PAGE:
Saving frogs takes teamwork

Blog post by Graduate Assistant Liesl Plomski:

Washington State inmates Harry and Al are not the only people raising endangered Oregon spotted frogs for the Washington Department of Fish and Wildlife (WDFW). In addition to offenders and staff at the Cedar Creek Corrections Center, there are multiple rearing institutions involved in this five-year WDFW project, including the Greater Vancouver Zoo, Mountain View Conservation and Breeding Centre, Northwest Trek, Oregon Zoo and Woodland Park Zoo.

Comprising what we call the “OSF community,” our frog-farming comrades have missions dedicated to wildlife conservation and talented staff who consult our team on many occasions. We simply couldn’t succeed without their insightful guidance, typically shared on line with Cedar Creek staff member Marko Anderson, who then relays feedback to Harry and Al inside the prison.

An Oregon spotted frog raised by offenders at the Cedar Creek Corrections Center (photo: Melanie Colombo).

An Oregon spotted frog raised by offenders at the Cedar Creek Corrections Center. Photo: Melanie Colombo.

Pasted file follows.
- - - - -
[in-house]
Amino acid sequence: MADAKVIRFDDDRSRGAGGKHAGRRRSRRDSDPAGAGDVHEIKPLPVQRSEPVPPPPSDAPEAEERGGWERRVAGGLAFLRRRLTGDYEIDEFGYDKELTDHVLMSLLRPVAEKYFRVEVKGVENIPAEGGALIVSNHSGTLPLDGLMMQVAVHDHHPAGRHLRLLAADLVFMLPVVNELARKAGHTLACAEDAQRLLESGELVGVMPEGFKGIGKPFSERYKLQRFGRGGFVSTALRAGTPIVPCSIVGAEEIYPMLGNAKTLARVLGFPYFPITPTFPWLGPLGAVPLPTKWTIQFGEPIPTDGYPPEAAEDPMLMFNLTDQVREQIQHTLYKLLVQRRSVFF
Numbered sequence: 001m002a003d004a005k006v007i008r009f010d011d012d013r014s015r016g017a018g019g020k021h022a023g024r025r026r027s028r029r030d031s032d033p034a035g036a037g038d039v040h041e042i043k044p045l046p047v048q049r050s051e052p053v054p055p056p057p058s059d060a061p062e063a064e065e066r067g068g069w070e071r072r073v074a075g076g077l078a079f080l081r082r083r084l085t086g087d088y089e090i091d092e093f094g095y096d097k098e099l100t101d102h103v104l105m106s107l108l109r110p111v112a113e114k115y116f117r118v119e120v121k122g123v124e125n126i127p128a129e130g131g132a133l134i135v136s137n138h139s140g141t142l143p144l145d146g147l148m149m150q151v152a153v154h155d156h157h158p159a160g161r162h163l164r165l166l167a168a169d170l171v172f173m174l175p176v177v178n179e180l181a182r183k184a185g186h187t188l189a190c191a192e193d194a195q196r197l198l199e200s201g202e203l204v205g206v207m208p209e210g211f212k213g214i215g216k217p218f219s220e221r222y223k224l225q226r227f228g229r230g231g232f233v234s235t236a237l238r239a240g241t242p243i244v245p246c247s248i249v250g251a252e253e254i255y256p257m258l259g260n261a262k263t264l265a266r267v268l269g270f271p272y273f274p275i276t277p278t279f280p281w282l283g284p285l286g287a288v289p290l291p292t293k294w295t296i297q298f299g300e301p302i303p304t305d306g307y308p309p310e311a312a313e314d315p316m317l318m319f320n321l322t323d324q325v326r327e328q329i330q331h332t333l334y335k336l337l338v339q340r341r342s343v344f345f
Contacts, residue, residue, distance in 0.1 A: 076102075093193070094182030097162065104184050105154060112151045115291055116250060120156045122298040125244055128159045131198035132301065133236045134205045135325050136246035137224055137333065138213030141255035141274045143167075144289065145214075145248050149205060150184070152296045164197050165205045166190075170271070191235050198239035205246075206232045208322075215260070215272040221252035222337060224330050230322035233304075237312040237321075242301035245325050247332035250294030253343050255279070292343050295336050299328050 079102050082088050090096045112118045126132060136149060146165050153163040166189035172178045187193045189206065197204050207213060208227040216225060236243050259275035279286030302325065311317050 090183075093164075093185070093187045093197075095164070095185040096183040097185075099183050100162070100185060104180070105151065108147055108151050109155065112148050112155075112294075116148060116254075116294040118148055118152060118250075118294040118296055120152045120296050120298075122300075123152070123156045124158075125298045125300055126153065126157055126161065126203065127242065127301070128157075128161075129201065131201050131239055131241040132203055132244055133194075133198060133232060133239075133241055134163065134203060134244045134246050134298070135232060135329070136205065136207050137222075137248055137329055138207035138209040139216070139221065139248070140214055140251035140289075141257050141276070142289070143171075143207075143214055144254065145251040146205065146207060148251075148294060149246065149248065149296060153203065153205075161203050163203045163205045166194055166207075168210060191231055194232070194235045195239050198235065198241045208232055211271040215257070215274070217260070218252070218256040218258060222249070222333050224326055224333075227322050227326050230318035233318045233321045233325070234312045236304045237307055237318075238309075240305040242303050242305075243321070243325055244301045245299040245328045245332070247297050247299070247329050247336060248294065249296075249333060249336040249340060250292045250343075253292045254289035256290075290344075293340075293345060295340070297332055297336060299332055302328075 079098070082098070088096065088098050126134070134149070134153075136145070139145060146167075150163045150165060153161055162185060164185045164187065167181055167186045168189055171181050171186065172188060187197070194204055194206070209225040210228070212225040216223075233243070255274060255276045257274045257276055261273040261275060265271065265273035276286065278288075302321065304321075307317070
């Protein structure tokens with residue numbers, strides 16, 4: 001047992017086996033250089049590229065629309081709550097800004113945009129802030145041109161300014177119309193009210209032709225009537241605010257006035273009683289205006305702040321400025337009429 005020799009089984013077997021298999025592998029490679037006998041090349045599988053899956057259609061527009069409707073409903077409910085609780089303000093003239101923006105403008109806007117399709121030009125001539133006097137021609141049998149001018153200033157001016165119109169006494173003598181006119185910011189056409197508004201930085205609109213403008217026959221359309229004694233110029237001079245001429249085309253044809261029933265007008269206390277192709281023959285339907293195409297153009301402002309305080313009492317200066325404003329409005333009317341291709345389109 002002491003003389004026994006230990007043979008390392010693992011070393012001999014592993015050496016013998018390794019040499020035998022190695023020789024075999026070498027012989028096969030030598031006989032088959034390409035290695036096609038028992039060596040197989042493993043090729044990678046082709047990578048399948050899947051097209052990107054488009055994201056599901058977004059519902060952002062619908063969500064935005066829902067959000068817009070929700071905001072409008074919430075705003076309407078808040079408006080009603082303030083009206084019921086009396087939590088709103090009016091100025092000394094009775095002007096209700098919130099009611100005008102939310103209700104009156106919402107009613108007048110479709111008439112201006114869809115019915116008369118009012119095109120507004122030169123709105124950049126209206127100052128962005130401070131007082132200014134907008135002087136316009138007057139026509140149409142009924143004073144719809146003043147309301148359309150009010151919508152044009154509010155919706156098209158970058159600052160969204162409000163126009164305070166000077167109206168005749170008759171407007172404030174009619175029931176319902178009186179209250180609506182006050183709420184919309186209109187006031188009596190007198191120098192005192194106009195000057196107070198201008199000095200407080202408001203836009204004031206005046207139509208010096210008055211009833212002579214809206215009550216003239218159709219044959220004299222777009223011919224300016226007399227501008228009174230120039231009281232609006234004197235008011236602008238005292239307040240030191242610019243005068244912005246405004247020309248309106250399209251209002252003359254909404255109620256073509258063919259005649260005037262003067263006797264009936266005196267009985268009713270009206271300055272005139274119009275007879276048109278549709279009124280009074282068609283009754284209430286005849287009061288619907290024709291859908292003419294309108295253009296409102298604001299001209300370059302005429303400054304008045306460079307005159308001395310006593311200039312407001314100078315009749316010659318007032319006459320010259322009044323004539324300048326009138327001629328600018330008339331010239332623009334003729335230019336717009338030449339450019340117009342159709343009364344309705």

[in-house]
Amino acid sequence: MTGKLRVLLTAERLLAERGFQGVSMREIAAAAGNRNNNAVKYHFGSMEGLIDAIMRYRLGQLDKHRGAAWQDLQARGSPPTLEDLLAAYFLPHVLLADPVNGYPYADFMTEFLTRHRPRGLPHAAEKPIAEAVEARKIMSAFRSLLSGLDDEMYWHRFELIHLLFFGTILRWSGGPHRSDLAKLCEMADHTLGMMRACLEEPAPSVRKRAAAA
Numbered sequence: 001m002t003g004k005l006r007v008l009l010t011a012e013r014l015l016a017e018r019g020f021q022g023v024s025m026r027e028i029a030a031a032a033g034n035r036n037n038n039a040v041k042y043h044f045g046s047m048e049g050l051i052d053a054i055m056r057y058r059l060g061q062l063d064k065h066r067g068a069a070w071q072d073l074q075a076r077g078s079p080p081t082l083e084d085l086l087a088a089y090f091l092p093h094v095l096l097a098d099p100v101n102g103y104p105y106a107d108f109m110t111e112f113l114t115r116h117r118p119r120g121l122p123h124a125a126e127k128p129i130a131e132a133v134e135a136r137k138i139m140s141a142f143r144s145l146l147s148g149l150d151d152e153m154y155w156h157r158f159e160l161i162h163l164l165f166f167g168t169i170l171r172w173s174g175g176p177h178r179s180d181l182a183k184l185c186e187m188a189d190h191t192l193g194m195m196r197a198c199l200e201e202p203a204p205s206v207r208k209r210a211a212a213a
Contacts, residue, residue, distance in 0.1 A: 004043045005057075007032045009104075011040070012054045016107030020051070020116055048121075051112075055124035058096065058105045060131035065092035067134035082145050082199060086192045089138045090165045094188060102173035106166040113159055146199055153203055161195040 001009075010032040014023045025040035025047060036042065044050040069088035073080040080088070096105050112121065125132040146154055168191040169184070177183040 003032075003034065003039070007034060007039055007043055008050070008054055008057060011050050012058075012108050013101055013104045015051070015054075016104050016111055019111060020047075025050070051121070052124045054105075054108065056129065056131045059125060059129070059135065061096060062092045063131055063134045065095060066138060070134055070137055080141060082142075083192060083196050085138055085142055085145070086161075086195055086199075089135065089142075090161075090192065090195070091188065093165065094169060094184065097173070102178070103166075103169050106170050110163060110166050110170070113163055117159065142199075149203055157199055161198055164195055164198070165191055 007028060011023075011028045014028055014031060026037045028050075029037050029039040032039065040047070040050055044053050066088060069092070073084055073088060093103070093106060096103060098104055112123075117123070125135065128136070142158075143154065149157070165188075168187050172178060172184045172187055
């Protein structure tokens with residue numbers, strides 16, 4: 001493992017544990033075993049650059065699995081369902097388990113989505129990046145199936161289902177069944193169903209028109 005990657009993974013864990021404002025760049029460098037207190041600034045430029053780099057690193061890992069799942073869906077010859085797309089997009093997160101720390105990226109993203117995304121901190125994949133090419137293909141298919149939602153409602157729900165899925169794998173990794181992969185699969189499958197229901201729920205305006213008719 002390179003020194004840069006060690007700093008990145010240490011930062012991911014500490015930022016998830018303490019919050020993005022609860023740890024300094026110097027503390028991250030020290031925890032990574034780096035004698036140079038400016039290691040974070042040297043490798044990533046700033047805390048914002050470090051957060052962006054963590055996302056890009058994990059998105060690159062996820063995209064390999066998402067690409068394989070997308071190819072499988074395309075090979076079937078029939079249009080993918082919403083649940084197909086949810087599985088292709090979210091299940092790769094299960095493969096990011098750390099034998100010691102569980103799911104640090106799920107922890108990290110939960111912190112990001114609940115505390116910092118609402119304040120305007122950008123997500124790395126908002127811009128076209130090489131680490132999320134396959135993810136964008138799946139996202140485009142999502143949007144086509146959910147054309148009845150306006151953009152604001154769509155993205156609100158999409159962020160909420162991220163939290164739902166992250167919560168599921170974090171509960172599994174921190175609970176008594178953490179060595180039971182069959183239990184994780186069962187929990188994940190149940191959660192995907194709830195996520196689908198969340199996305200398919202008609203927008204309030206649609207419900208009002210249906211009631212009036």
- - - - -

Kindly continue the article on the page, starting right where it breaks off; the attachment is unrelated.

As of August 18, Cedar Creek has 68 fat, healthy frogs destined for wetlands in Fort Lewis next month. Since early April, when WDFW scientist Marc Hayes delivered 80 eggs in tiny yogurt tubs, only 12 frogs have died. A careful balance of food, heat, clean water and loving care has resulted in an excellent 85% rate of survivorship – more than ten times the average outcome in the wild.

For an endangered species teetering on the edge of extinction, that’s good news. Soon, Cedar Creek’s frogs will join those from other rearing institutions in their new home at Fort Lewis. Like everyone involved in this effort, Harry and Al are proud to help amphibian diversity sustain its foothold in the Pacific Northwest.

1 Comment:

  1. Gail James, Olympia WA USA

    Hip hip hooray for this story and project. I commend the vision behind such a worthy effort for both our environment and prisoner rehabilitation. It makes me proud to be human and a resident of WA state.

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